Used cell phones and other forms of electronic waste are not being disposed of properly in the state of Andhra Pradesh in India, resulting in an e-waste problem that is rapidly getting out of control, according to experts. IT companies and government offices in the state are starting to stockpile huge amounts of electronic waste, including old cell phones, with no apparent understanding of the dangers posed by such items due to the harmful materials they contain, such as lead and mercury.
“Electronic goods like cell phones, LCDs, calculators and automatic and lead batteries can be very dangerous when attempts to disintegrate or recycle are made,” says the manager of the AP Technology Service’s e-waste project, K Chandra Shekhar. “Also the plastic in the electronic goods can become hazardous along with the poisonous and radioactive material.”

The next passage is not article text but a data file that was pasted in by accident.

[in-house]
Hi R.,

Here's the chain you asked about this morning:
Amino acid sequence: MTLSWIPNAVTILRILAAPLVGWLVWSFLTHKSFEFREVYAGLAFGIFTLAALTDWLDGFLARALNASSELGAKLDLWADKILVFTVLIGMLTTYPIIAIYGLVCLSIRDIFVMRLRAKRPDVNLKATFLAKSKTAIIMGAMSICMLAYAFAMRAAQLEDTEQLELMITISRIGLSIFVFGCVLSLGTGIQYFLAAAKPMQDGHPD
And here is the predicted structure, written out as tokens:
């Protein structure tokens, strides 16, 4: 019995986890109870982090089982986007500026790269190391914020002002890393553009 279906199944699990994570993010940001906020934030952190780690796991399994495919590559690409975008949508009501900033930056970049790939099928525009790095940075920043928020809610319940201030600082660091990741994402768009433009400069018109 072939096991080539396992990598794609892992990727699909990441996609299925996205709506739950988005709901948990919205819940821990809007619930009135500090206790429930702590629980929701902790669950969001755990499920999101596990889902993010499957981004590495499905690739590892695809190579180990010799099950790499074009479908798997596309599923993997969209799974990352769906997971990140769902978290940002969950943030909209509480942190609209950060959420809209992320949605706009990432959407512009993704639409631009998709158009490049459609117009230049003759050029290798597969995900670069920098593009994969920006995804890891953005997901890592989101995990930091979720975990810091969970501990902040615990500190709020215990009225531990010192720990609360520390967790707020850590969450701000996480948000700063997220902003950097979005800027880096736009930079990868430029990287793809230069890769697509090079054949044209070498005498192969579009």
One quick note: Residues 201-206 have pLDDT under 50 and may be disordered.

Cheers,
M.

The Information Technology sector in the state of Andhra Pradesh is starting to expand rapidly, but that unfortunately carries the side effect of ever expanding e-waste, a consideration that nobody seem to have accounted for, despite government officials starting to slowly become aware that the levels of e-waste are starting to reach “unthinkable amounts”. Very few offices in the state have any ability to recycle old cell phones or any of their other types of e-waste and the state government does not even have any guidelines with which to help those who might wish to dispose of items in a safe manner.